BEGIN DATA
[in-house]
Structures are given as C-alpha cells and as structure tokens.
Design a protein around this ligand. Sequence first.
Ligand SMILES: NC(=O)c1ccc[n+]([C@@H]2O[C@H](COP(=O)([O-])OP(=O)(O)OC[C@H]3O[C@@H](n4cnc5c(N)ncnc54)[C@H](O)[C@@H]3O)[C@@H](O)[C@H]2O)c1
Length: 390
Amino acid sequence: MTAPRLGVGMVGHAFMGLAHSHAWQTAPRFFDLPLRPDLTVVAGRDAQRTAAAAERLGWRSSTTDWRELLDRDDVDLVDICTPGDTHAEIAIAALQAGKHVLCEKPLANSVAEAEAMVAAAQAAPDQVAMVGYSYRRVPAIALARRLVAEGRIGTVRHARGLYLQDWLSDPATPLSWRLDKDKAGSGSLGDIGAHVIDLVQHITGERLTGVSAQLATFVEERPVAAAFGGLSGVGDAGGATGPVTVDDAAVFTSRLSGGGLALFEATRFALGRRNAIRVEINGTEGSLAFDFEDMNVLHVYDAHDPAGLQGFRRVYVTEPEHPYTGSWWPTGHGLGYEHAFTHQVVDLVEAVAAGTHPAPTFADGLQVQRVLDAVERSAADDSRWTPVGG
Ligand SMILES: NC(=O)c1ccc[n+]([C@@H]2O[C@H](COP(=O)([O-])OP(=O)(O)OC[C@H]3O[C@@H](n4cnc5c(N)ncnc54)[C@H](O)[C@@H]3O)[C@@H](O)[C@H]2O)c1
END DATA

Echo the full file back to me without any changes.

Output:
[in-house]
Structures are given as C-alpha cells and as structure tokens.
Design a protein around this ligand. Sequence first.
Ligand SMILES: NC(=O)c1ccc[n+]([C@@H]2O[C@H](COP(=O)([O-])OP(=O)(O)OC[C@H]3O[C@@H](n4cnc5c(N)ncnc54)[C@H](O)[C@@H]3O)[C@@H](O)[C@H]2O)c1
Length: 390
Amino acid sequence: MTAPRLGVGMVGHAFMGLAHSHAWQTAPRFFDLPLRPDLTVVAGRDAQRTAAAAERLGWRSSTTDWRELLDRDDVDLVDICTPGDTHAEIAIAALQAGKHVLCEKPLANSVAEAEAMVAAAQAAPDQVAMVGYSYRRVPAIALARRLVAEGRIGTVRHARGLYLQDWLSDPATPLSWRLDKDKAGSGSLGDIGAHVIDLVQHITGERLTGVSAQLATFVEERPVAAAFGGLSGVGDAGGATGPVTVDDAAVFTSRLSGGGLALFEATRFALGRRNAIRVEINGTEGSLAFDFEDMNVLHVYDAHDPAGLQGFRRVYVTEPEHPYTGSWWPTGHGLGYEHAFTHQVVDLVEAVAAGTHPAPTFADGLQVQRVLDAVERSAADDSRWTPVGG
Ligand SMILES: NC(=O)c1ccc[n+]([C@@H]2O[C@H](COP(=O)([O-])OP(=O)(O)OC[C@H]3O[C@@H](n4cnc5c(N)ncnc54)[C@H](O)[C@@H]3O)[C@@H](O)[C@H]2O)c1